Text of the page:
Baseboard Heat

I made a note on my last inspection that one of the baseboard heaters was controlled with a wall switch and not a thermostat like all the others…my client wanted to know if it was a safety hazard. I told him it was more of a wallet hazard if left on…because those things eat electricity and it would never shut off.

Now…baseboard heaters can and will be fire hazards just based on how they work, if not used properly. But, could this thing be a fire hazard because it isn’t on a thermostat? I don’t think it would be an inherent fire hazard, but I suppose it could be hazardous as it would never shut off no matter the temp…hmmm…any thoughts please, if I was wrong I want to let him know…thanks!

BTW, I told him an electrician/hvac guy should be able to install a thermostat rather easily…

The thermostat is basically an on/off switch. The room might get pretty warm, but is not a fire hazard, any more than a thermostatically controlled one.


What does the manufacturer’s installation/operating instructions say?

how about the voltage rating on the switch? some electric heat system require a special 240vac t-stat, and i’d question if the switch is rated for more than 125 vac???

Very nice Jay…I didn’t think of that…hmmm, perhaps I should rethink that one…hmm…now how the f do I backtrack? Mr. Client, I’m sorry I’m a dumbarse and didn’t think of this before, but that switch may need to be rated for a different voltage…you really should call sparky to evaluate as it is possible that it is unsafe… oops.

Just take out the “I’m a dumbass” part and you’ll be alright. :wink:

Every baseboard heater I’ve ever seen was 220V. No light switch is appropriate for baseboard heat. The right device is a 2 pole line voltage rated wall t-stat. Very inexpensive.


Easy to install Honeywell Line Voltage Thermostat
Mounting: Standard 2x4 in Electrical Box
Line voltage thermostat
Electric ratings: 22 amps at 120-240 Vac, and 19 amps at 277 Vac
Switch type: SPST (2-wire) or DPST (4-wire)


Any receptacles currently installed above these baseboard electric heaters?

I don’t know the brand of the heater you saw but this mfg (Cadet) says a t’stat is required like Jay & James indicate, not a switch. See the 2nd paragraph on page 2.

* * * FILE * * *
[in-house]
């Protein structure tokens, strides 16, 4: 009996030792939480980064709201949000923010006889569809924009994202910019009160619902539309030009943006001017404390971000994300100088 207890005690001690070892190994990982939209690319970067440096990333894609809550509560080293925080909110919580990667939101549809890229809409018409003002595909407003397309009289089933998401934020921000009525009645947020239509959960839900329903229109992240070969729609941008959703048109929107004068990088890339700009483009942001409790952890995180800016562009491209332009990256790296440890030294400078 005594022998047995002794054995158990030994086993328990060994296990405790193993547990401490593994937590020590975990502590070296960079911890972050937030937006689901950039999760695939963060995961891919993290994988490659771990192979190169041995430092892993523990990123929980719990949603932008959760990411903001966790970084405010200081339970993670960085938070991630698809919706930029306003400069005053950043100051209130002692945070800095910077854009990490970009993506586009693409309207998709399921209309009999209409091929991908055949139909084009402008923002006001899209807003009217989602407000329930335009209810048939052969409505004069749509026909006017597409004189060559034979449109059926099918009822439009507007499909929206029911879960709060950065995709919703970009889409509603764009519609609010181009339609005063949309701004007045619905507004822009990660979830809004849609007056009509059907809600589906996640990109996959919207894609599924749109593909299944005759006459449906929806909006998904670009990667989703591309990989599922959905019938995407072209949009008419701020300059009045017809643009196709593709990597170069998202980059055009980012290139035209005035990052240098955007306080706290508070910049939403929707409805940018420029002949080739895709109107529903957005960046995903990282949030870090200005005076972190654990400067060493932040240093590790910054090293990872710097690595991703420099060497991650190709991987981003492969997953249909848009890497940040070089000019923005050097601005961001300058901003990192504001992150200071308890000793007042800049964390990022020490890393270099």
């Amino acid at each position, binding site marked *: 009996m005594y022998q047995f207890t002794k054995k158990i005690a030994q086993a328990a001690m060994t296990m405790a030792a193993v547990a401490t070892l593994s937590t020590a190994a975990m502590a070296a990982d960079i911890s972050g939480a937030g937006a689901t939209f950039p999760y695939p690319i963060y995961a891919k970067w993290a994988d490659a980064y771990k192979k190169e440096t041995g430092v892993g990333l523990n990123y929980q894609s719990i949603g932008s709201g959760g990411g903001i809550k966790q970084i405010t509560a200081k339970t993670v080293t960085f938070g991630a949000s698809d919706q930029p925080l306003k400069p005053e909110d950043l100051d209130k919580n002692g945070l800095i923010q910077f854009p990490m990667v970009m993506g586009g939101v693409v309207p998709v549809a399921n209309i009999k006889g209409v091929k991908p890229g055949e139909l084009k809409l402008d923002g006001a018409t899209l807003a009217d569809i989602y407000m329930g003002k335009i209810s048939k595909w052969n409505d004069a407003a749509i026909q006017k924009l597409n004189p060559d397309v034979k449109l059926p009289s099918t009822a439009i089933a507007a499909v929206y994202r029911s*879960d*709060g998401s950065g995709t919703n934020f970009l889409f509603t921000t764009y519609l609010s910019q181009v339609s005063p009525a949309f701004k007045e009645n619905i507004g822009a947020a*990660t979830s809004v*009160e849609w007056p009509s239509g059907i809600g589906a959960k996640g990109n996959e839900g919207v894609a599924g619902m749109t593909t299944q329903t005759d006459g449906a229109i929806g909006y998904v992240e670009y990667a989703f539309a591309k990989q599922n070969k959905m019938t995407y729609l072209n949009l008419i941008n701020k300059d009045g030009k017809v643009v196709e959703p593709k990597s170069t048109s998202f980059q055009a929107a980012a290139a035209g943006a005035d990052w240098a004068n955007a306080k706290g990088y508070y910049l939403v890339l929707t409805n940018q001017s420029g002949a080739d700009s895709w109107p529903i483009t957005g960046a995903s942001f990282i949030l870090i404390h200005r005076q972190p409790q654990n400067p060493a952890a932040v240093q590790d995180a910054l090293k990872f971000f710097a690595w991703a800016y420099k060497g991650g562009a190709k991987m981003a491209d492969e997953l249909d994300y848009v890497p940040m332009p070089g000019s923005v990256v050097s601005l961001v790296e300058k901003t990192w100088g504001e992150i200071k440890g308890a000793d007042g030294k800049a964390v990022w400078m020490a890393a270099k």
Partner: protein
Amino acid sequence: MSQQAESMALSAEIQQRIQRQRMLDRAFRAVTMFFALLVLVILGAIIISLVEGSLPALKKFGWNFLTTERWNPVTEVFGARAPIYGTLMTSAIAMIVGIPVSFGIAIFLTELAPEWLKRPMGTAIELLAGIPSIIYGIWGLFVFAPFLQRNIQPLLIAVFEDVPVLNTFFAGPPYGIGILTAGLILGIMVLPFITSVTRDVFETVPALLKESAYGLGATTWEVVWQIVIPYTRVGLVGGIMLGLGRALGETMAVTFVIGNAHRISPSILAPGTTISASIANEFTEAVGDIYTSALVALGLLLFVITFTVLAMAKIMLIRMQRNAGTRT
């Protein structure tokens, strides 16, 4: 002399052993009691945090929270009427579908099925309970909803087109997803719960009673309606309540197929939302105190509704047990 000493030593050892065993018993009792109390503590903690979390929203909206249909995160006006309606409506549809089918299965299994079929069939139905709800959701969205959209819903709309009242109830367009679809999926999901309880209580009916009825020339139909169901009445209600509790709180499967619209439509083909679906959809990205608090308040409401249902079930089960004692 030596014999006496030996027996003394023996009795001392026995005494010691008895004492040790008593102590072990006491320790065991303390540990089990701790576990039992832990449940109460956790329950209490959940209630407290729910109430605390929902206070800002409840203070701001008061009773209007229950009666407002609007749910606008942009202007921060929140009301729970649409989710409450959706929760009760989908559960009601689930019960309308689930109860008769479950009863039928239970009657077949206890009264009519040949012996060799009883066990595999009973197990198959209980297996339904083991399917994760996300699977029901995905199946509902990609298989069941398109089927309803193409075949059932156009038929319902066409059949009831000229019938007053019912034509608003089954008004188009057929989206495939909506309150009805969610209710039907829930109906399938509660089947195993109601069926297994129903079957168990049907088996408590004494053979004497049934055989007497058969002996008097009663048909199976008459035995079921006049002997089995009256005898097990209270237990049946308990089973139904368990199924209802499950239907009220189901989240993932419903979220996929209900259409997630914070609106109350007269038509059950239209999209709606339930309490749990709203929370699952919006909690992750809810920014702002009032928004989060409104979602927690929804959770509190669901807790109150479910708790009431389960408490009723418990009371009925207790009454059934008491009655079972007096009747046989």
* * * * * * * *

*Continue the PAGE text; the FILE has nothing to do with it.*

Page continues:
The contacts on a light switch are not rated for that kind of current, especially if it’s 120v baseboard (they do make them) either way the resistive current required for all but the smallest baseboard can heat up a regular light switch, they do make some pretty heavy duty 220v switches with heavy duty contacts for motors that look like regular light switches . But most houses have cheapo switches and receptacles, not even commercial or spec grade.

Very easy, and it’s one that I use quite often since I have the luxury of not providing on-site written reports.

When there is something at the site that intrigues me (read, confuses the hec out of me), I will tell the Client that I found something that is interesting and that I have access to a trade association that has 8,300 registered and certified home inspectors. I will pose the question with a picture and see what the masses have to say. If it proves to be a problem, I’ll put that information in the written report. If there is nothing in the written report about it, then it’s not a problem.

If I’ve already provided a written report and read something on NACHI that starts me thinking about something, then I follow up the same way.

Let them know that you don’t know everything but that you have access to the world’s largest home inspector trade association, as well as various plumbing, electrical, etc. Internet sites. Your client will eat that up and refer you to the world.

I have seen plenty of 120v baseboard heaters. A good way to tell is also the length of the heater. The ones here were usually 120 v until they reached 8 ft. The 6ft could be 120v or 220v. The 4ft were 120v almost alll the time. Here that is.

Great information guys!

That is worth the 289 right there…!

I have let him know that I have more info for him on the baseboard heaters…now the question is…how do I add an addendum to the official report to CMA?

I plan to just type up an explanation, using the info I got here ;), and tell him to check on it w/ sparky and hvac guys…that should cover me shouldn’t it?

I would think so.

Just an idea for a start.:slight_smile:

I think I read somewhere on the BB that someone puts a clause in their report that they ‘reserve the right to amend the report within 24 hours’. That sounds like a good clause to have.

Electric heaters have overload safeties or heat fuses to protect overages.

To determine if the switch can take it, take at the amperage or do the math. This is a resistance load and many switches can handle it.

If it is 240 volts, all the better. There is less current draw on 240 than 120 per leg. High voltage does not require bigger parts. It is the opposite because the current is split across two legs instead of one.

Even if the light switch can handle the current the heater should be on a t-stat.